Forensic genomics firm Verogen said this week that it has signed a collaboration agreement with UK-based Cellmark Forensic Services. Verogen installed its next-generation sequencing-based MiSeq FGx platform at Cellmark’s Abingdon, UK laboratory in February and Cellmark is working to validate the technology in anticipation of seeking accreditation by the UK Accreditation Service.

Dyadic International said this week that it has sublicensed its proprietary C1 gene expression platform to Alphazyme, a biotechnology company that produces molecular biology enzymes. The agreement includes an equity stake as well as milestone payments and royalties upon the commercialization of C1-expressed Alphazyme products.

Roche Diagnostics said this week that it has expanded its partnership with Bio-Techne by offering new chromogenic detection kits for automated in situ hybridization (ISH) tissue analysis for drug discovery researchers in the US.

The Roche kits include its Discovery mRNA Purple HRP detection kit (RUO) and the Discovery mRNA Teal HRP detection kit (RUO). The purple and teal detection kits feature translucent dyes for co-localization studies for mRNA ISH and the ability to perform IHC and ISH for protein-RNA co-detection on the same slide, Roche said. Both kits are designed to be used on the Roche Discovery Ultra staining platform with the Bio-Techne Advanced Cell Diagnostics RNAscope Vs Universal HRP Reagent Kit.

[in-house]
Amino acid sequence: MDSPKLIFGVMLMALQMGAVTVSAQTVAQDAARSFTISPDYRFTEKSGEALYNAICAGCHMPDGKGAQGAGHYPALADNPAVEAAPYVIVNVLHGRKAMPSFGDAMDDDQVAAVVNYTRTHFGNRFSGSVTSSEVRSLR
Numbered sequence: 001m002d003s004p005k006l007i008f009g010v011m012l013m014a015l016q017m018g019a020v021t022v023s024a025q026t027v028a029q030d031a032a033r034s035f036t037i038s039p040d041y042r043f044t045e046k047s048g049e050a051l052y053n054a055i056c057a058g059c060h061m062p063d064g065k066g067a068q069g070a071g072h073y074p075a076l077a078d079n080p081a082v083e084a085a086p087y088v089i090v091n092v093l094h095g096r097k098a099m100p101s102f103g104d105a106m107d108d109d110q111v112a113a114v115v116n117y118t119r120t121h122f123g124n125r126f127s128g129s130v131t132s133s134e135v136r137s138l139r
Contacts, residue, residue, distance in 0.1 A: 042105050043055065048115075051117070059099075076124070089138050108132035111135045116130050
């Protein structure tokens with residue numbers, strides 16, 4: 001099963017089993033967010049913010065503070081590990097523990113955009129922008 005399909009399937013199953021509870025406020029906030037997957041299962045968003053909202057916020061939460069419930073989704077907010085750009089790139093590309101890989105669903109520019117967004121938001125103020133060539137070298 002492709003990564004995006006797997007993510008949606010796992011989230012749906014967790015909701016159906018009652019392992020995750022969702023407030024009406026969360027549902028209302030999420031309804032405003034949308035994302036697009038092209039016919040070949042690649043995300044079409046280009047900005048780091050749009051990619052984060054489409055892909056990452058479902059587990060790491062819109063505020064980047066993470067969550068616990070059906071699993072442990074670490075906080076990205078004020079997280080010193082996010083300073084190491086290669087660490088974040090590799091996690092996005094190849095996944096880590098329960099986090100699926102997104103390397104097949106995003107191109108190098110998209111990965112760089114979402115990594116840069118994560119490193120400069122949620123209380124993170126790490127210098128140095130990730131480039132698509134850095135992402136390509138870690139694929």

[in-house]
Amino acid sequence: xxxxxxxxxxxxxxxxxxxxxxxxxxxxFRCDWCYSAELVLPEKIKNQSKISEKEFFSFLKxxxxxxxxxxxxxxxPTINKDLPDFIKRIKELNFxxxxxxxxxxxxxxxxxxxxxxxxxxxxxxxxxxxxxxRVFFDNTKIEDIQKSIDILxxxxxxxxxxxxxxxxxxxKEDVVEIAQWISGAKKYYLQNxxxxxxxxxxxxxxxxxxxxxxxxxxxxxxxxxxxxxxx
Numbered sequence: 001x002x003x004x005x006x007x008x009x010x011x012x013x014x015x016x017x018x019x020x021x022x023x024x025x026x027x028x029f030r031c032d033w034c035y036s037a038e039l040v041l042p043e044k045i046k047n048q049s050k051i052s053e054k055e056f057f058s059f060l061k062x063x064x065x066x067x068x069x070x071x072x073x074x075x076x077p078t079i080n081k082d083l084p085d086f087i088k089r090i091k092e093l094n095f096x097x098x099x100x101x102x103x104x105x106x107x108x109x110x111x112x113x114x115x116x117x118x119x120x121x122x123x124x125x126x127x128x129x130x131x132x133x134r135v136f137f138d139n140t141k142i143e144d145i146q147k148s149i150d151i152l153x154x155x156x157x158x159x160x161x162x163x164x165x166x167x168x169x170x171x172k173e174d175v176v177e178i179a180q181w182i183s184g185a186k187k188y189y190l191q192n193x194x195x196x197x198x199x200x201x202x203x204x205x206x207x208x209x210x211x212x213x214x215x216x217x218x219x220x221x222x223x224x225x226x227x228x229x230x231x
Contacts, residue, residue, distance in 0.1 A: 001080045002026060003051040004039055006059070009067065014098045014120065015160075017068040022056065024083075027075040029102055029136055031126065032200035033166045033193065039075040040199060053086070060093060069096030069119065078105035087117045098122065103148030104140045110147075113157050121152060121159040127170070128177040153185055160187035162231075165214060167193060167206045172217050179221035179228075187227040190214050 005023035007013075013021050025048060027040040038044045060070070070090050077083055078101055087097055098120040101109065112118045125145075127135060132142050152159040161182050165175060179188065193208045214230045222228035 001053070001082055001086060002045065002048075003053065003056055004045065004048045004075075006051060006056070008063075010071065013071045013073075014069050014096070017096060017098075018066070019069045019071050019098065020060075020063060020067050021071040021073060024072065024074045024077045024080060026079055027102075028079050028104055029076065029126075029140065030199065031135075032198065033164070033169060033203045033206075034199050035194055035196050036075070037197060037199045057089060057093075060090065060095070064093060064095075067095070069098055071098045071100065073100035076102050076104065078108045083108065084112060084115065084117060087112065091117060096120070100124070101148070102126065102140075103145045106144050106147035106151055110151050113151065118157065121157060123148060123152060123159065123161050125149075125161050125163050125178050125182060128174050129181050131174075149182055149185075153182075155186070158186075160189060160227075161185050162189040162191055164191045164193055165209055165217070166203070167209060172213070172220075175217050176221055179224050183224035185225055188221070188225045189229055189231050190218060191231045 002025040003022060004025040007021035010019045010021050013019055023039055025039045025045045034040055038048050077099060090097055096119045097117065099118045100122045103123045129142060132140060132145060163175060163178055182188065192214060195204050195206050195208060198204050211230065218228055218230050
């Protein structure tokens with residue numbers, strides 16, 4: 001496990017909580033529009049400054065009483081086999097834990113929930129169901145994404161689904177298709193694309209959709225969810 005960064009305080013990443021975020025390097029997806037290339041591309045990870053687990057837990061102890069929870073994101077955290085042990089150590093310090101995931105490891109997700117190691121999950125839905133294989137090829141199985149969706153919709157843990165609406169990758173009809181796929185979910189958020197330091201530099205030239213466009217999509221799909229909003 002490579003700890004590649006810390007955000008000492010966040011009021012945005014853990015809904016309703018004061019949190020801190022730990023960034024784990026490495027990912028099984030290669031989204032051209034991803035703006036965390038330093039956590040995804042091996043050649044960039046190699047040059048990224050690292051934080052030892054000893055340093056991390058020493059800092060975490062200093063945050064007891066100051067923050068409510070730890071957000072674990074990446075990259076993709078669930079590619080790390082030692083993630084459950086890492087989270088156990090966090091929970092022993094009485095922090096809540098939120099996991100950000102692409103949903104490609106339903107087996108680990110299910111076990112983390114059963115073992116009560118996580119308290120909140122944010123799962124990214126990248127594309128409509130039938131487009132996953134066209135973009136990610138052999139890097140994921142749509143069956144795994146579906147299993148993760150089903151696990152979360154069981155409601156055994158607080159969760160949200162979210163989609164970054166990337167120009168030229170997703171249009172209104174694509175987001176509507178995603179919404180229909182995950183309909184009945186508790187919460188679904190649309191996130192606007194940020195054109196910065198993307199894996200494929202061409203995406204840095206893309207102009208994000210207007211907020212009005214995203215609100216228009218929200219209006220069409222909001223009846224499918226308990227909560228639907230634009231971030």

Further, Roche's mRNA Duplex AMP kit (RUO) has an expanded application that enables the new mRNA Teal HRP detection kit to be used with Roche's existing mRNA Red detection kit (RUO) for dual mRNA ISH detection. The expanded application is intended to be used with Bio-Techne's RNAscope Vs Duplex Reagent Kit, which delivers simultaneous in situ detection of two mRNA species.

VolitionRx reported in a document filed with the US Securities and Exchange Commission that its net loss for the first quarter narrowed to $4.2 million, or $.12 per share, from $4.7 million, or $.17 per share, in Q1 2018.

Its R&D costs grew 4 percent to $2.5 million from $2.4 million a year ago, while its SG&A costs contracted 32 percent to $1.5 million $2.2 million.

The firm recorded no revenues for the recently completed quarter, the same as a year ago. It exited the quarter with $16.2 million in cash and cash equivalents.

Separately, the company said it has executed a contract under a memorandum of understanding to conduct a large-scale lung cancer study with National University Taiwan. The study, being led by Chen Jin-Shing, a professor in the department of surgery at the university, will include 1,200 subjects receiving low-dose computed tomography scans, including 1,000 patients with lung cancer. The company said the study will cost about $320,000 over two years and preliminary data for the first 600 patient samples is expected to be released in Q1 2020.